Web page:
The restoration of this mid-century beach house in Perth required respect for what came before, while setting the young client up for many chapters to come.
4 May 2023
Text by Kirsty Sier
It’s not often that interior designers get to work with a young client whose brief spans whole anticipated chapters of a life. But when this happens – or at least, when it happened to Fremantle-based studio Design Theory – the human element of the project becomes even more obviously a focus.
Their client, a young woman in her late 20s, had purchased a mid-century house in City Beach, Perth, which was her first home and was to be “her first forever home”, according to Lisa Reeves, director of Design Theory.
“She’s this really lovely, down-to-earth person who is currently studying and living with friends and loves to entertain. She wanted this to be a place where she would be comfortable coming home from the beach, having some friends over, cooking dinner and having some drinks outside. She also has a dog, so she wanted it to be pet-proof,” says Reeves.
“But she also wanted it to be a place that could accommodate her if she eventually has a family and kids. She wanted it to be a home for both.”
Although the existing house had good bones, having been built by renowned local architects Duncan, Stephen and Mercer in the late 1950s or early ‘60s, it hadn’t been maintained over the years, and so was in bad condition when Reeves and the Design Theory team came on board.
“It wasn’t in good shape. It had termites and concrete cancer, and just needed a whole lot of TLC,” says Reeves. However, the home’s mid-century credentials were part of the appeal for the client when she purchased it, and it was important to her that these were respected in the design overhaul. This was a green flag to Reeves, who says that with any other client, the uniqueness of the home could easily have been forsaken in a bid at modernisation.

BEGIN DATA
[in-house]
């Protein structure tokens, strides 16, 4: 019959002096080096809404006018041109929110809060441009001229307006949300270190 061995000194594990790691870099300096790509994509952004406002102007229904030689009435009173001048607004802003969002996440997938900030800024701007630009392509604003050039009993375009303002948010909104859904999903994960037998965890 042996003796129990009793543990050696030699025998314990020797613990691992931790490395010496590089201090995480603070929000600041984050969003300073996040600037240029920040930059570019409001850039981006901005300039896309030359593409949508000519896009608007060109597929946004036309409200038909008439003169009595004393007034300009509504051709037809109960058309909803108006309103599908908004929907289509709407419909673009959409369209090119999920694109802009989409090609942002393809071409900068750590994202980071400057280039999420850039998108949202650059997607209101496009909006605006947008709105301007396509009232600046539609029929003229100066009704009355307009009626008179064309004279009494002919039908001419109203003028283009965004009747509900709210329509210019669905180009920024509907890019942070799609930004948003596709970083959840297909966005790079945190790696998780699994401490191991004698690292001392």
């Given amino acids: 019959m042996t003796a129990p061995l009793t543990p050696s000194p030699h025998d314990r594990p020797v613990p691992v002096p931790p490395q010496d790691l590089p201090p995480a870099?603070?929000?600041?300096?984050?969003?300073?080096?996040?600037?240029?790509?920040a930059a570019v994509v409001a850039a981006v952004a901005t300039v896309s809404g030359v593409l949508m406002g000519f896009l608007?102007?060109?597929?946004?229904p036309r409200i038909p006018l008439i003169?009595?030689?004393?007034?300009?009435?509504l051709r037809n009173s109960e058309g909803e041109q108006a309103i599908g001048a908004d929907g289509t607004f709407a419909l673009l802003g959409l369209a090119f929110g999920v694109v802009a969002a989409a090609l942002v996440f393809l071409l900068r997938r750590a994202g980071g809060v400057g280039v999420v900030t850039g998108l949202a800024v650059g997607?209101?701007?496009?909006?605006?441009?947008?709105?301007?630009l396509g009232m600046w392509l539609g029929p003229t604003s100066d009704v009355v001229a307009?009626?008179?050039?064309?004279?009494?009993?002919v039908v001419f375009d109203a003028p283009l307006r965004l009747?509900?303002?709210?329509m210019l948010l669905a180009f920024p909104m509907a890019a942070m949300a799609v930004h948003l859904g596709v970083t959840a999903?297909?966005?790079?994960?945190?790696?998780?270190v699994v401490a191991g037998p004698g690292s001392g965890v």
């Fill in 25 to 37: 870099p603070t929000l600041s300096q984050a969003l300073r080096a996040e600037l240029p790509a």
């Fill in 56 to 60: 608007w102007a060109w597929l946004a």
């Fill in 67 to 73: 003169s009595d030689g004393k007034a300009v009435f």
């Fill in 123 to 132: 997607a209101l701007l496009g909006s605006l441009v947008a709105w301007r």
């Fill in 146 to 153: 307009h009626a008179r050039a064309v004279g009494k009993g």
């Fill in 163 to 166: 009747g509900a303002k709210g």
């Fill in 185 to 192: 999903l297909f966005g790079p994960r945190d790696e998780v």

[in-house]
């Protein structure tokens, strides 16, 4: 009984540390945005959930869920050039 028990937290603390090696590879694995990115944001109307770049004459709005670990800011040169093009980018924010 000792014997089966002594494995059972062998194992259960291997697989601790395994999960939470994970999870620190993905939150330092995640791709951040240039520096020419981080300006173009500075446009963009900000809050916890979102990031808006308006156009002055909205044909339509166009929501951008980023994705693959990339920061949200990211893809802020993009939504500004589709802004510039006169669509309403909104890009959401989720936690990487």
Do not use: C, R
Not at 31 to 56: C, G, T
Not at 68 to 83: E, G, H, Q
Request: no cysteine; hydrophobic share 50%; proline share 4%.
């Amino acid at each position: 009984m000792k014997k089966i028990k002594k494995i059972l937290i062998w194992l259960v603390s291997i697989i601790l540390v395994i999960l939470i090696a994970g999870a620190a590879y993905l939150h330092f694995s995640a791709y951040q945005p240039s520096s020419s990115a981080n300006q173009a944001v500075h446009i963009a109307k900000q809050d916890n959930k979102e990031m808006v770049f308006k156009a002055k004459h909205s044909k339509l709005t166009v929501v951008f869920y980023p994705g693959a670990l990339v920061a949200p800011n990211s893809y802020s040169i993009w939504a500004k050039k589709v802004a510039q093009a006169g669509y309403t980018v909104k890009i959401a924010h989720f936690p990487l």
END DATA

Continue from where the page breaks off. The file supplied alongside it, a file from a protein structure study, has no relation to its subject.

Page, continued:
Instead, one of the more rewarding parts of the project for Design Theory – a full-scope brief that entailed building, reconfiguration, interiors and furniture selection – was the process of “respectful restoration”.
For instance, the pendant lights that hang in the dining room were salvaged and restored to their former glory; while much of the timber a defining feature of the home’s aesthetic is a lovingly restored version of what came with the original purchase. Even the vintage furniture that was acquired with the house was kept and repaired, which lends an authenticity to this next chapter of the home’s life.
There are plenty of new elements to the home, but where these exist, they were added with respect to the mid-century bones of the home and the historic character of its previous chapters. “Honest and authentic to itself, are the words I would use, if I had to choose,” says Reeves on their approach to the home.
The pops of colour evident in elements such as the restored cabinetry and ensuite bathroom take cues from the particularities of mid-century design as manifested in the Australian climate, while nodding to the vibrant colours of the Western Australian landscape. Idiosyncratic local experiences such as the sunsets, the flora and the beaches are evoked, for example, in the mosaic tiles that were hand-selected for the feature bathtub in the ensuite, and in the burnt orange oven that was especially imported from Italy for the kitchen – a particularly important space for the owner, as someone passionate about having her home feel comfortable for hosting.
In addition to having an honest beauty, it was crucial that the home function in a practical sense for coastal living.
In this particular context, with the home situated within walking distance from City Beach, this translates predominantly as hard wearing durability.
“The client wanted it to be somewhere that she could come home from the beach and not have to worry about walking through the living spaces before she showered and got changed,” says Reeves.
“She wanted to be able to come home from the beach with friends and have drinks and feel comfortable. And so whatever we did had to reflect that.”
At the end of the day, the brief that Design Theory brought to life for City Beach House was one that put the comfort of the owner and of her loved ones, both now and in the future – front of mind. It is a home of unique beauty that respects the chapters that have come before it, while safeguarding whatever it may be that comes next.
Photography by Jack Lovel
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